Mechanisms of secretion and spreading of pathological tau protein

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Brunello , C A , Merezhko , M , Uronen , R-L & Huttunen , H J 2020 , ' Mechanisms of secretion and spreading of pathological tau protein ' , Cellular and Molecular Life Sciences , vol. 77 , no. 9 , pp. 1721-1744 . https://doi.org/10.1007/s00018-019-03349-1

Title: Mechanisms of secretion and spreading of pathological tau protein
Author: Brunello, Cecilia A.; Merezhko, Maria; Uronen, Riikka-Liisa; Huttunen, Henri J.
Contributor: University of Helsinki, Neuroscience Center
University of Helsinki, Neuroscience Center
University of Helsinki, Neuroscience Center
University of Helsinki, Neuroscience Center
Date: 2020-05
Language: eng
Number of pages: 24
Belongs to series: Cellular and Molecular Life Sciences
ISSN: 1420-9071
URI: http://hdl.handle.net/10138/315264
Abstract: Accumulation of misfolded and aggregated forms of tau protein in the brain is a neuropathological hallmark of tauopathies, such as Alzheimer’s disease and frontotemporal lobar degeneration. Tau aggregates have the ability to transfer from one cell to another and to induce templated misfolding and aggregation of healthy tau molecules in previously healthy cells, thereby propagating tau pathology across different brain areas in a prion-like manner. The molecular mechanisms involved in cell-to-cell transfer of tau aggregates are diverse, not mutually exclusive and only partially understood. Intracellular accumulation of misfolded tau induces several mechanisms that aim to reduce the cellular burden of aggregated proteins and also promote secretion of tau aggregates. However, tau may also be released from cells physiologically unrelated to protein aggregation. Tau secretion involves multiple vesicular and non-vesicle-mediated pathways, including secretion directly through the plasma membrane. Consequently, extracellular tau can be found in various forms, both as a free protein and in vesicles, such as exosomes and ectosomes. Once in the extracellular space, tau aggregates can be internalized by neighboring cells, both neurons and glial cells, via endocytic, pinocytic and phagocytic mechanisms. Importantly, accumulating evidence suggests that prion-like propagation of misfolding protein pathology could provide a general mechanism for disease progression in tauopathies and other related neurodegenerative diseases. Here, we review the recent literature on cellular mechanisms involved in cell-to-cell transfer of tau, with a particular focus in tau secretion.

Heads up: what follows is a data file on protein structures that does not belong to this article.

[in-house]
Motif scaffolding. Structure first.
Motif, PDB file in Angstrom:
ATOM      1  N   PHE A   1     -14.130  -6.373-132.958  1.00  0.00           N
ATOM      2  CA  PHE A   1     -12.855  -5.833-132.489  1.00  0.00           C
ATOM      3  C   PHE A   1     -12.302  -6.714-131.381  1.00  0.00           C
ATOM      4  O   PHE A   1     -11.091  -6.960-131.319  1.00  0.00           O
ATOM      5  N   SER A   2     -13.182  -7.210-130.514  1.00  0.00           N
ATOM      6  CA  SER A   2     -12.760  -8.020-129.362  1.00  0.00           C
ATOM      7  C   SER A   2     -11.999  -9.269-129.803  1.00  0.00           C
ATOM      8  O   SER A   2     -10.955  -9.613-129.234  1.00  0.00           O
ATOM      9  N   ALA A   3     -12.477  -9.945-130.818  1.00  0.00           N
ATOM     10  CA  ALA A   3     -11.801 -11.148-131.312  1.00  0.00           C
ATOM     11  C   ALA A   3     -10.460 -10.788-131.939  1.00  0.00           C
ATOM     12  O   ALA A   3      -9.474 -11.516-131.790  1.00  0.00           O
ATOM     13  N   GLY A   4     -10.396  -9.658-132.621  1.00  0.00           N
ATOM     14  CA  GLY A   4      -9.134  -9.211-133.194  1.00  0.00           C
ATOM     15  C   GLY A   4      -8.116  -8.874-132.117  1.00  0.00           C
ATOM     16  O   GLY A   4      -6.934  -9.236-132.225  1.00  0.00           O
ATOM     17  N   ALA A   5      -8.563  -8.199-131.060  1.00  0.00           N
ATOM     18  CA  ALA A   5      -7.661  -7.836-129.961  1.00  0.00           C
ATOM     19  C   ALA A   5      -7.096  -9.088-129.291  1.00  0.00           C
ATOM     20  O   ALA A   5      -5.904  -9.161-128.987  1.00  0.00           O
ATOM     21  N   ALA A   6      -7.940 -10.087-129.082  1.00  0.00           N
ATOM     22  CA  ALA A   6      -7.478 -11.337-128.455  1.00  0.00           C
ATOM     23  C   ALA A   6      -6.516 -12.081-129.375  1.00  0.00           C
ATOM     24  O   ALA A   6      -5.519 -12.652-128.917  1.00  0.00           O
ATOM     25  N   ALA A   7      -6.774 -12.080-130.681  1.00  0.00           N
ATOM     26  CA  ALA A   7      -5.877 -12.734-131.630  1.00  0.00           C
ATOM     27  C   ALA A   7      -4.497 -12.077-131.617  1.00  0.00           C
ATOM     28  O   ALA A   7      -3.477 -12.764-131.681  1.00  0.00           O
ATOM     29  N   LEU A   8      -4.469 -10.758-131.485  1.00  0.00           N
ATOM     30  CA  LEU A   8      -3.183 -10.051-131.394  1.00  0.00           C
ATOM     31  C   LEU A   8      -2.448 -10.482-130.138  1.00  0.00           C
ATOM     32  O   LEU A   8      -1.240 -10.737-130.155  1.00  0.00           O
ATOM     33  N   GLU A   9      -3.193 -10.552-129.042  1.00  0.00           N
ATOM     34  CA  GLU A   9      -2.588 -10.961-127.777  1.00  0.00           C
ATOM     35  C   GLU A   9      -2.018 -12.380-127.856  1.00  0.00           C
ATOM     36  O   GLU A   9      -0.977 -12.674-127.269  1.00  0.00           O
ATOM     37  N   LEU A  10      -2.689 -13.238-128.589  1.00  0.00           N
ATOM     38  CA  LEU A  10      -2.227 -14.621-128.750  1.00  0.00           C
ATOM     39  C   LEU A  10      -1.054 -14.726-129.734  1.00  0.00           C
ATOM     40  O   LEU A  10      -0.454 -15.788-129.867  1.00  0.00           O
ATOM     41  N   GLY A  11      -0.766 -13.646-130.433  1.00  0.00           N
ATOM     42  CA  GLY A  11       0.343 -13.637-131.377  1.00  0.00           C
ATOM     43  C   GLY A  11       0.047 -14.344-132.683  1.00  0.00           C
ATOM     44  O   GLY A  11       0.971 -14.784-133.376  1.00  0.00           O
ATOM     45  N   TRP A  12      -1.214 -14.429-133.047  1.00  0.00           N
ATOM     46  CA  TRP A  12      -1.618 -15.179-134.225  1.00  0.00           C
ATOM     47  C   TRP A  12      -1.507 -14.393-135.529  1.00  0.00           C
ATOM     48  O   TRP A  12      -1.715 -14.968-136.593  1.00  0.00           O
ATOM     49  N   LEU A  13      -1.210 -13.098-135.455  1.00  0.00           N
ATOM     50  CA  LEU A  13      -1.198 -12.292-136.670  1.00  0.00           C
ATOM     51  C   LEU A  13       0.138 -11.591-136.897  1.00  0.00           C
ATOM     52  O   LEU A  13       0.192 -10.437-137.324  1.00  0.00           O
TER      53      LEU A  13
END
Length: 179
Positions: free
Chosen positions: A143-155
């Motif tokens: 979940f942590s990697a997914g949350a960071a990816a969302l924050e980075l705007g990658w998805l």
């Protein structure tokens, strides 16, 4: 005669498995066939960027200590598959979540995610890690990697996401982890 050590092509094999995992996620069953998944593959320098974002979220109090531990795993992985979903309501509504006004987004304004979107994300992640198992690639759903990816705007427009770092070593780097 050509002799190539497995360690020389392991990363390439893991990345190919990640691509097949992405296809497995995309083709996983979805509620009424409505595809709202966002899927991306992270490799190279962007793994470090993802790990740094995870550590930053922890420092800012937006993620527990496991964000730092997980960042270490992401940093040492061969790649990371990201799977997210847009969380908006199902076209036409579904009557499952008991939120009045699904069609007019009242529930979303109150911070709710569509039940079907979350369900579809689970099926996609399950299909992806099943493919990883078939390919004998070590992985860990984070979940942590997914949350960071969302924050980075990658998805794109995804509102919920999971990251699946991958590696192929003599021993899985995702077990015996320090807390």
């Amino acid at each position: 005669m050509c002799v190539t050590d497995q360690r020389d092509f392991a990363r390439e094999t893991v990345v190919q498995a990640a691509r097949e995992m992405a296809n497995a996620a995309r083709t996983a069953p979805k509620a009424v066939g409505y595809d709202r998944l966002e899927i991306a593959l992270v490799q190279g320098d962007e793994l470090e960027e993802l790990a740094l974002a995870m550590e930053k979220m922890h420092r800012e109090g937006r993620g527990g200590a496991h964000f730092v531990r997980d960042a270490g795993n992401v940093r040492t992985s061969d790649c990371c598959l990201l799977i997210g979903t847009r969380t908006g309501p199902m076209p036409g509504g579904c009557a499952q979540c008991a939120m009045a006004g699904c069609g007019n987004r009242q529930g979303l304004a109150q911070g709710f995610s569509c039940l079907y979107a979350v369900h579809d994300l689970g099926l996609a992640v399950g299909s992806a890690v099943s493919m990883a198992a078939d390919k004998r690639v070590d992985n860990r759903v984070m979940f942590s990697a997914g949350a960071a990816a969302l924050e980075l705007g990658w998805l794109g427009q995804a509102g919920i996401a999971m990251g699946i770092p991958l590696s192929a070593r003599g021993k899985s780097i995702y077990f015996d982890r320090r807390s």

Subject: 3112 Neurosciences
Amyloid
Tau
Aggregation
Propagation
Prion
Unconventional protein secretion
Extracellular vesicles
PAIRED HELICAL FILAMENTS
NUCLEATED CONFORMATIONAL CONVERSION
HEPARAN-SULFATE PROTEOGLYCANS
ALZHEIMERS-DISEASE BIOMARKERS
ALPHA-SYNUCLEIN PATHOLOGY
EXOSOME-ASSOCIATED TAU
GROWTH-FACTOR 2
FRONTOTEMPORAL DEMENTIA
MICROTUBULE-BINDING
NEUROFIBRILLARY TANGLES
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